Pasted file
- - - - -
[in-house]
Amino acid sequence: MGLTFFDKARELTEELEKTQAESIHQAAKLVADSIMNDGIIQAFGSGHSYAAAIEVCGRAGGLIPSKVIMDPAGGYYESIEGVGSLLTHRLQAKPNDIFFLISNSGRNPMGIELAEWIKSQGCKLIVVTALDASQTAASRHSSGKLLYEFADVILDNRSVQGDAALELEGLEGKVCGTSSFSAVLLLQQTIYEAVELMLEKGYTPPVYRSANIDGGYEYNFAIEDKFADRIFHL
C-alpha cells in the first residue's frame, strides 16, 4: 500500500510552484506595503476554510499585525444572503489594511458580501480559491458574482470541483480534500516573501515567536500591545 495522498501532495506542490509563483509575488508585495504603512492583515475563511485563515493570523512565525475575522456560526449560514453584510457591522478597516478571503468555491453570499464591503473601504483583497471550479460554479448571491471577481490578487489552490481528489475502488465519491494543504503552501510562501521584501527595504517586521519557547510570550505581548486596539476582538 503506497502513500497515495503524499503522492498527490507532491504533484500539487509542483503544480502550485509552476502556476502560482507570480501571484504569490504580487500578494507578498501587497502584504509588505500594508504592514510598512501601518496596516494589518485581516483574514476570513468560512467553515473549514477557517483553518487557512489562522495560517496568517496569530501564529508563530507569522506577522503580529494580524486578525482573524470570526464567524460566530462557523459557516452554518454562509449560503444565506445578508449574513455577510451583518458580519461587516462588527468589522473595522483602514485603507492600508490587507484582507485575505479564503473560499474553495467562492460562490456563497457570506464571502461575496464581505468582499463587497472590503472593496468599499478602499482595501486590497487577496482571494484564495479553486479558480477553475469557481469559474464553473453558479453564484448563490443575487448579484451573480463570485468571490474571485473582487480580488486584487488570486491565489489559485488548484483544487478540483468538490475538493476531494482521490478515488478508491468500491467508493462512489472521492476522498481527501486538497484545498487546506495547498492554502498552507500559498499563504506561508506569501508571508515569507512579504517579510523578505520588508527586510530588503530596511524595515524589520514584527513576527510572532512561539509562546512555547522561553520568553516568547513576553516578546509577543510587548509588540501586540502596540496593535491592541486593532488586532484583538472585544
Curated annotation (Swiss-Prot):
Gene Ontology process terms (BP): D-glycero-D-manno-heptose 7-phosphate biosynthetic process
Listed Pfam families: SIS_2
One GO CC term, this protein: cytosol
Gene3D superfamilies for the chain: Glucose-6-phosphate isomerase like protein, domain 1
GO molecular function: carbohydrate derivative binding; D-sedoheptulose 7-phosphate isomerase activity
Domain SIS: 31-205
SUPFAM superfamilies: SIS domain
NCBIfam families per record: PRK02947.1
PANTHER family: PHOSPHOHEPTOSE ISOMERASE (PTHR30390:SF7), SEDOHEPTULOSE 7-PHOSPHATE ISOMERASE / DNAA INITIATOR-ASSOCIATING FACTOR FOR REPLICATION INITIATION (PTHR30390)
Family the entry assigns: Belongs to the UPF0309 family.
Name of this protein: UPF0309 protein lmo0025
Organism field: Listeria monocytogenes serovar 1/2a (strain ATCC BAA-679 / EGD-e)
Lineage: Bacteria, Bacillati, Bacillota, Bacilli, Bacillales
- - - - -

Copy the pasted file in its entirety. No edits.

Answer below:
[in-house]
Amino acid sequence: MGLTFFDKARELTEELEKTQAESIHQAAKLVADSIMNDGIIQAFGSGHSYAAAIEVCGRAGGLIPSKVIMDPAGGYYESIEGVGSLLTHRLQAKPNDIFFLISNSGRNPMGIELAEWIKSQGCKLIVVTALDASQTAASRHSSGKLLYEFADVILDNRSVQGDAALELEGLEGKVCGTSSFSAVLLLQQTIYEAVELMLEKGYTPPVYRSANIDGGYEYNFAIEDKFADRIFHL
C-alpha cells in the first residue's frame, strides 16, 4: 500500500510552484506595503476554510499585525444572503489594511458580501480559491458574482470541483480534500516573501515567536500591545 495522498501532495506542490509563483509575488508585495504603512492583515475563511485563515493570523512565525475575522456560526449560514453584510457591522478597516478571503468555491453570499464591503473601504483583497471550479460554479448571491471577481490578487489552490481528489475502488465519491494543504503552501510562501521584501527595504517586521519557547510570550505581548486596539476582538 503506497502513500497515495503524499503522492498527490507532491504533484500539487509542483503544480502550485509552476502556476502560482507570480501571484504569490504580487500578494507578498501587497502584504509588505500594508504592514510598512501601518496596516494589518485581516483574514476570513468560512467553515473549514477557517483553518487557512489562522495560517496568517496569530501564529508563530507569522506577522503580529494580524486578525482573524470570526464567524460566530462557523459557516452554518454562509449560503444565506445578508449574513455577510451583518458580519461587516462588527468589522473595522483602514485603507492600508490587507484582507485575505479564503473560499474553495467562492460562490456563497457570506464571502461575496464581505468582499463587497472590503472593496468599499478602499482595501486590497487577496482571494484564495479553486479558480477553475469557481469559474464553473453558479453564484448563490443575487448579484451573480463570485468571490474571485473582487480580488486584487488570486491565489489559485488548484483544487478540483468538490475538493476531494482521490478515488478508491468500491467508493462512489472521492476522498481527501486538497484545498487546506495547498492554502498552507500559498499563504506561508506569501508571508515569507512579504517579510523578505520588508527586510530588503530596511524595515524589520514584527513576527510572532512561539509562546512555547522561553520568553516568547513576553516578546509577543510587548509588540501586540502596540496593535491592541486593532488586532484583538472585544
Curated annotation (Swiss-Prot):
Gene Ontology process terms (BP): D-glycero-D-manno-heptose 7-phosphate biosynthetic process
Listed Pfam families: SIS_2
One GO CC term, this protein: cytosol
Gene3D superfamilies for the chain: Glucose-6-phosphate isomerase like protein, domain 1
GO molecular function: carbohydrate derivative binding; D-sedoheptulose 7-phosphate isomerase activity
Domain SIS: 31-205
SUPFAM superfamilies: SIS domain
NCBIfam families per record: PRK02947.1
PANTHER family: PHOSPHOHEPTOSE ISOMERASE (PTHR30390:SF7), SEDOHEPTULOSE 7-PHOSPHATE ISOMERASE / DNAA INITIATOR-ASSOCIATING FACTOR FOR REPLICATION INITIATION (PTHR30390)
Family the entry assigns: Belongs to the UPF0309 family.
Name of this protein: UPF0309 protein lmo0025
Organism field: Listeria monocytogenes serovar 1/2a (strain ATCC BAA-679 / EGD-e)
Lineage: Bacteria, Bacillati, Bacillota, Bacilli, Bacillales